Psephologists—the fancy word for election analysts—like to talk about change and transformation. One party or the other, they say, is on the verge of forging an enduring national majority. One party or the other is doomed.

What I have come to see in my number crunching is not change and transformation, but continuity. Three presidents in a row have been re-elected with 49%, 51% and 51% of the vote. Over the past two decades, Democrats won four of six presidential elections and won a popular-vote plurality in a fifth. But starting in 1994, Republicans won a majority in the House of Representatives in eight of the 10 congressional elections.

That is not the result of massive ticket-splitting, as in the years from 1968 to 1988, when many Southern whites and others voted Republican for president and for Democrats in the House. On the contrary, the number of congressional districts electing a House member for one party while voting for the presidential nominee of the other declined to 26 in 2012, from 59 in 2004, and from 103 in 1992.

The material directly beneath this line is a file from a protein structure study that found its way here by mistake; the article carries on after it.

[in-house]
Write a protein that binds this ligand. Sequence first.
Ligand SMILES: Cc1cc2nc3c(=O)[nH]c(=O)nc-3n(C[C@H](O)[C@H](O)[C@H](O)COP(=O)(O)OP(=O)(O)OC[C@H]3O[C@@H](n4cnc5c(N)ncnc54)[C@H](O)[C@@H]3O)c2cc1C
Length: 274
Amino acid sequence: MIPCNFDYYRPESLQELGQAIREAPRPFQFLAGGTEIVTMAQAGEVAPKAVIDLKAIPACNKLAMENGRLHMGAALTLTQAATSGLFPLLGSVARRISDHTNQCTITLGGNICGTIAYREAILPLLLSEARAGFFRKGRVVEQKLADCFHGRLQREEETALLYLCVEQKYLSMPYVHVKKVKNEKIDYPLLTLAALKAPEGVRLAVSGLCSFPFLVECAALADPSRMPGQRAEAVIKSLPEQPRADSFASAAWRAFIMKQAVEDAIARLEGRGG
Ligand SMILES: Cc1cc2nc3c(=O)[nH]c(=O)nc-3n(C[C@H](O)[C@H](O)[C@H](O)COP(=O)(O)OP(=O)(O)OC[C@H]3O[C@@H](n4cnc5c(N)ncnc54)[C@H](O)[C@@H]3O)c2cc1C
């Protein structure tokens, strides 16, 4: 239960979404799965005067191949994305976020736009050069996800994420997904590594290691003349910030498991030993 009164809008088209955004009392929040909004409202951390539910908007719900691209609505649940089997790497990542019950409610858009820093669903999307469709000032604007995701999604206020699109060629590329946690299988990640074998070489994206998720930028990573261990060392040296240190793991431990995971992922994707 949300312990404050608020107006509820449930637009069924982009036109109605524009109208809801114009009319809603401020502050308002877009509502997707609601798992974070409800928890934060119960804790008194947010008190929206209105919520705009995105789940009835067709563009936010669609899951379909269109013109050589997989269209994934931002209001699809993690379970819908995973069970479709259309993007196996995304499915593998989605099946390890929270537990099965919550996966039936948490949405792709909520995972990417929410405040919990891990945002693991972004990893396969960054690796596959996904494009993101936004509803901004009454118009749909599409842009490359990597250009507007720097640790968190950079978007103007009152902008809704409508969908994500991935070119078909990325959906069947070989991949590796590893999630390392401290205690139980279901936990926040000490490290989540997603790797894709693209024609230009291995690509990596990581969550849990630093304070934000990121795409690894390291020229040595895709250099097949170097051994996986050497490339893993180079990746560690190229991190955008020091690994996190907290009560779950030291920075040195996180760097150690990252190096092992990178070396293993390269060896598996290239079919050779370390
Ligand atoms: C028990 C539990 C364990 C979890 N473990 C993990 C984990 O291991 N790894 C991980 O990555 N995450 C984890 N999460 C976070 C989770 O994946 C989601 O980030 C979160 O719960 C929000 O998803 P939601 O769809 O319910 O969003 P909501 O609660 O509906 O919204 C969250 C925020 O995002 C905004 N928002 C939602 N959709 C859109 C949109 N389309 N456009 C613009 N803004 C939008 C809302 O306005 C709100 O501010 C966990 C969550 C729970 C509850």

In fact, over the past 20 years the popular vote for House of Representatives has been a good proxy for support of the president and his party. And over most of these two decades the popular vote for the House has been fairly stable. In six of the 10 congressional elections starting in 1994, including 2012, Republicans received between 48% and 51% of the House popular vote and Democrats received between 46% and 49%.

The parties have broken out beyond these narrow bands twice during this period, in each case when the other party held the White House. The Democratic breakouts came in 2006 and 2008 and were most likely responses to apparently catastrophic developments—an increasingly violent quagmire in Iraq in 2006, the financial crisis and sharp economic downturn in 2008.

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